Top 50 Beatles Songs
What is there to say about the Beatles that hasn’t been said? They restructured pop and rock music as we know it more than once during the brief seven years that they made records. They were at the center of a pop-culture revolution that’s still resonating today. And every single one of their albums — from 1963′s debut, Please Please Me, to 1970's swan song, Let It Be — is a classic. You can say that about a huge chunk of their tracks too, as you'll see in our list of the Top 50 Beatles Songs.
Once the Beatles committed to becoming a full-time studio group, they wasted no time exploring the various shapes and colors tucked away in the technological corners. On Revolver's closing cut they tripped out, with backward loops, sped-up tapes and exotic instruments buried in the mind-exploding mix.
John Lennon's whirlwind affair with Yoko Ono yielded a couple experimental records, a ton of controversy and unparalleled scrutiny from the media. After some of the dust on the matter settled, Lennon wrote a song about it, chronicling his yearlong misadventures with messianic, winking frustration.
One of Sgt. Pepper's melodically cheeriest songs rides an undercurrent of melancholy, as John Lennon and Paul McCartney trade words (and moods) on the chorus. "Getting Better," like much of the album, was spearheaded by McCartney, but everyone chips in here.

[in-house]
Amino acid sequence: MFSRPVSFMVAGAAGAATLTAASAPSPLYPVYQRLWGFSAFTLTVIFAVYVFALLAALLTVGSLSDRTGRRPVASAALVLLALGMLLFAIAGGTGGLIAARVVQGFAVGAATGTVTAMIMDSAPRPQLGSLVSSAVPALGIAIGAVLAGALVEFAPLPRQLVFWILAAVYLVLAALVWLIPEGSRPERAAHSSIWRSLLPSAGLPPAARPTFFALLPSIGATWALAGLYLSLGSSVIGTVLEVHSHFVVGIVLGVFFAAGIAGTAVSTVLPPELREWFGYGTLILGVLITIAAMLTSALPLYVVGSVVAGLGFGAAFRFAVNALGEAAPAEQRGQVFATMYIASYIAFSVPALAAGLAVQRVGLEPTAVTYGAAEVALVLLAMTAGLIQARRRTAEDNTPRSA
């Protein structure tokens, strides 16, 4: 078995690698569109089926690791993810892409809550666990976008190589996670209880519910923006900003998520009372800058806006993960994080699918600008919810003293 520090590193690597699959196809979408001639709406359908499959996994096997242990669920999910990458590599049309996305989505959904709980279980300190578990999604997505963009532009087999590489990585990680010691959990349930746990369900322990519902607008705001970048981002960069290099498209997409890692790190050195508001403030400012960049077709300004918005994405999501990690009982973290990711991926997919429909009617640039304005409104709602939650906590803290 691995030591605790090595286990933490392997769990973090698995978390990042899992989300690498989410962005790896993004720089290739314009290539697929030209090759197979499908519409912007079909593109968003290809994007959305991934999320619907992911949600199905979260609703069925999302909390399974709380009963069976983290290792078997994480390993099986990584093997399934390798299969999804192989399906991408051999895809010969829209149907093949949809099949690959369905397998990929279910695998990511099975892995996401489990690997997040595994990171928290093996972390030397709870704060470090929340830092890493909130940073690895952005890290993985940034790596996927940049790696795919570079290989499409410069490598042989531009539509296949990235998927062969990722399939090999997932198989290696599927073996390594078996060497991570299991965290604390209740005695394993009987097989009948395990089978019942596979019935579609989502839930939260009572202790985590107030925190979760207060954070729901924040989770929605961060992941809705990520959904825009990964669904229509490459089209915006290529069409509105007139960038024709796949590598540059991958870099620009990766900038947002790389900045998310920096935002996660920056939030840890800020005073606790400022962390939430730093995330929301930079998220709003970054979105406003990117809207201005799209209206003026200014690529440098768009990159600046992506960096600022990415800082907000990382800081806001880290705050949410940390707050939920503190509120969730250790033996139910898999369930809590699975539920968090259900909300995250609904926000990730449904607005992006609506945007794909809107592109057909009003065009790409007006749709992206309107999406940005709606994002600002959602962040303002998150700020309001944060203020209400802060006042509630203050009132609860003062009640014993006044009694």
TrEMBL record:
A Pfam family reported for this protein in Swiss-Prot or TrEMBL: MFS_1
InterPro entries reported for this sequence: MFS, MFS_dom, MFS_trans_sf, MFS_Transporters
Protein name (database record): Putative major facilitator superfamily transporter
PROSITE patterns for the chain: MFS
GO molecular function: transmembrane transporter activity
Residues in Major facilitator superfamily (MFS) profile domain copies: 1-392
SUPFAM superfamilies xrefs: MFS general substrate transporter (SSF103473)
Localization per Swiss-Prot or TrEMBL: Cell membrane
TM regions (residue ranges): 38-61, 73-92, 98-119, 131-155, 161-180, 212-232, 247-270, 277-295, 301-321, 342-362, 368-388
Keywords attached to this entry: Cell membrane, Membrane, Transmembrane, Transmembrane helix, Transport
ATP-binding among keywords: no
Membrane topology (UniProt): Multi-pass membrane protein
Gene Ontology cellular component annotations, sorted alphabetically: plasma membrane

Generally credited as one of the first songs to include deliberate feedback, "I Feel Fine" helped shape the Beatles' declaration of independence. Within a few months they would replace their traditional forms of songwriting to include more studio effects and audio experiments.
When the Beatles made their first U.S. appearance on The Ed Sullivan Show on Feb. 9, 1964, this was the song they started with. The two-minute pop explosion served as a perfect intro to the group and the incoming wave of Beatlemania.
Recorded after the groundbreaking Sgt. Pepper's but before the fractious White Album sessions that would signal their breakup, "Hello Goodbye" came during a significant period for the Beatles – still a band, but now one where Paul McCartney's voice (both his literal and metaphorical ones) shines bright.
One of the group's earliest songs is as nostalgic as it is forward-looking. Borrowing songwriting cues from the Beatles' rock 'n' roll heroes, "From Me to You" sounds like a tribute to the music's formative years. But the big hook driving it was a taste of things to come.
In the U.K., "Drive My Car" opened the game-changing Rubber Soul, steering straight into a brave new world for pop artists. Staking out a firm identity on the album, the Beatles would never be the same. Rubber Soul was the dividing line; "Drive My Car" is the opening shot.
The Beatles met Bob Dylan while touring the U.S. in 1964. He introduced them to marijuana. But they were also big fans of his music, especially John Lennon, who pretty much lifted Dylan's style and sound on Help!'s acoustic centerpiece "You've Got to Hide Your Love Away."